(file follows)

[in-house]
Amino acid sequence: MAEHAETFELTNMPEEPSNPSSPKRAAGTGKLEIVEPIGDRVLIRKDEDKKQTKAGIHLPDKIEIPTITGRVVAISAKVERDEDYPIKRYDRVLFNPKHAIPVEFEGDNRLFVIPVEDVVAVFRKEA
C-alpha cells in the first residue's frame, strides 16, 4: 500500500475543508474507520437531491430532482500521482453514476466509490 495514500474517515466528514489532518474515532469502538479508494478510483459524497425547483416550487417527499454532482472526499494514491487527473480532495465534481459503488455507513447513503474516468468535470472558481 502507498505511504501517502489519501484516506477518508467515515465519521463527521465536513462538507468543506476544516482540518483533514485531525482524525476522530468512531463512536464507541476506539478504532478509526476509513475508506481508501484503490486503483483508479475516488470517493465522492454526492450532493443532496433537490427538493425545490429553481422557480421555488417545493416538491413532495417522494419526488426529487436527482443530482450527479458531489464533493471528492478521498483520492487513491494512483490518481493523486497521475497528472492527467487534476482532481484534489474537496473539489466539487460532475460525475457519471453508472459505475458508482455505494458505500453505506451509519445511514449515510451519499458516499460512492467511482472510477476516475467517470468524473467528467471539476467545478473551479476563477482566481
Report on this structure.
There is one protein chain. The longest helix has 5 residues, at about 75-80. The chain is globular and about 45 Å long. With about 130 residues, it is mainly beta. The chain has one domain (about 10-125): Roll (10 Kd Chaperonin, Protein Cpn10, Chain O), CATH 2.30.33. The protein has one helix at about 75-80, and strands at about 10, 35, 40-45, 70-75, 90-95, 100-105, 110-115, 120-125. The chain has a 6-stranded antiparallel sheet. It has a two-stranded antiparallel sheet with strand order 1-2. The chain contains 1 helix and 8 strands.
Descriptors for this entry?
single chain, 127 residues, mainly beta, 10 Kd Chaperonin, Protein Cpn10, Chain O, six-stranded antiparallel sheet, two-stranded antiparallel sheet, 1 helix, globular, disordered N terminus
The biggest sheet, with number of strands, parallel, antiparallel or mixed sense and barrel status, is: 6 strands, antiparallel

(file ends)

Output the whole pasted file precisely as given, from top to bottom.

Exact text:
[in-house]
Amino acid sequence: MAEHAETFELTNMPEEPSNPSSPKRAAGTGKLEIVEPIGDRVLIRKDEDKKQTKAGIHLPDKIEIPTITGRVVAISAKVERDEDYPIKRYDRVLFNPKHAIPVEFEGDNRLFVIPVEDVVAVFRKEA
C-alpha cells in the first residue's frame, strides 16, 4: 500500500475543508474507520437531491430532482500521482453514476466509490 495514500474517515466528514489532518474515532469502538479508494478510483459524497425547483416550487417527499454532482472526499494514491487527473480532495465534481459503488455507513447513503474516468468535470472558481 502507498505511504501517502489519501484516506477518508467515515465519521463527521465536513462538507468543506476544516482540518483533514485531525482524525476522530468512531463512536464507541476506539478504532478509526476509513475508506481508501484503490486503483483508479475516488470517493465522492454526492450532493443532496433537490427538493425545490429553481422557480421555488417545493416538491413532495417522494419526488426529487436527482443530482450527479458531489464533493471528492478521498483520492487513491494512483490518481493523486497521475497528472492527467487534476482532481484534489474537496473539489466539487460532475460525475457519471453508472459505475458508482455505494458505500453505506451509519445511514449515510451519499458516499460512492467511482472510477476516475467517470468524473467528467471539476467545478473551479476563477482566481
Report on this structure.
There is one protein chain. The longest helix has 5 residues, at about 75-80. The chain is globular and about 45 Å long. With about 130 residues, it is mainly beta. The chain has one domain (about 10-125): Roll (10 Kd Chaperonin, Protein Cpn10, Chain O), CATH 2.30.33. The protein has one helix at about 75-80, and strands at about 10, 35, 40-45, 70-75, 90-95, 100-105, 110-115, 120-125. The chain has a 6-stranded antiparallel sheet. It has a two-stranded antiparallel sheet with strand order 1-2. The chain contains 1 helix and 8 strands.
Descriptors for this entry?
single chain, 127 residues, mainly beta, 10 Kd Chaperonin, Protein Cpn10, Chain O, six-stranded antiparallel sheet, two-stranded antiparallel sheet, 1 helix, globular, disordered N terminus
The biggest sheet, with number of strands, parallel, antiparallel or mixed sense and barrel status, is: 6 strands, antiparallel